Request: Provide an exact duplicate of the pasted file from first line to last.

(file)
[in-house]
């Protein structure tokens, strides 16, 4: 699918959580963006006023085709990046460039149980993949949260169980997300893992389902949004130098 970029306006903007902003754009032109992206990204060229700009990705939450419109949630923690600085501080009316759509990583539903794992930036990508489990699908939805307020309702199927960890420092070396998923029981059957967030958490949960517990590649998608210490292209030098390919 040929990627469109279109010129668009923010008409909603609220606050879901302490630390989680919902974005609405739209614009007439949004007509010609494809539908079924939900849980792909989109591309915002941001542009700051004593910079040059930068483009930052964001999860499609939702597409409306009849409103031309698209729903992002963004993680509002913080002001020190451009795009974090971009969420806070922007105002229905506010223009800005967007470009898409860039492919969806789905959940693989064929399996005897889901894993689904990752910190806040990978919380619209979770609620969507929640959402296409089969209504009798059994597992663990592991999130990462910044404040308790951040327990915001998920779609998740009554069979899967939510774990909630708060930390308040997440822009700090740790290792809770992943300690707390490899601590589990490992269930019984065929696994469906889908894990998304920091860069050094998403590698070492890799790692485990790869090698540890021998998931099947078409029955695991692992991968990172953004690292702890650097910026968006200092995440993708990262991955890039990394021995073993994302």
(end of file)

[in-house]
């Protein structure tokens, strides 16, 4: 699918959580963006006023085709990046460039149980993949949260169980997300893992389902949004130098 970029306006903007902003754009032109992206990204060229700009990705939450419109949630923690600085501080009316759509990583539903794992930036990508489990699908939805307020309702199927960890420092070396998923029981059957967030958490949960517990590649998608210490292209030098390919 040929990627469109279109010129668009923010008409909603609220606050879901302490630390989680919902974005609405739209614009007439949004007509010609494809539908079924939900849980792909989109591309915002941001542009700051004593910079040059930068483009930052964001999860499609939702597409409306009849409103031309698209729903992002963004993680509002913080002001020190451009795009974090971009969420806070922007105002229905506010223009800005967007470009898409860039492919969806789905959940693989064929399996005897889901894993689904990752910190806040990978919380619209979770609620969507929640959402296409089969209504009798059994597992663990592991999130990462910044404040308790951040327990915001998920779609998740009554069979899967939510774990909630708060930390308040997440822009700090740790290792809770992943300690707390490899601590589990490992269930019984065929696994469906889908894990998304920091860069050094998403590698070492890799790692485990790869090698540890021998998931099947078409029955695991692992991968990172953004690292702890650097910026968006200092995440993708990262991955890039990394021995073993994302």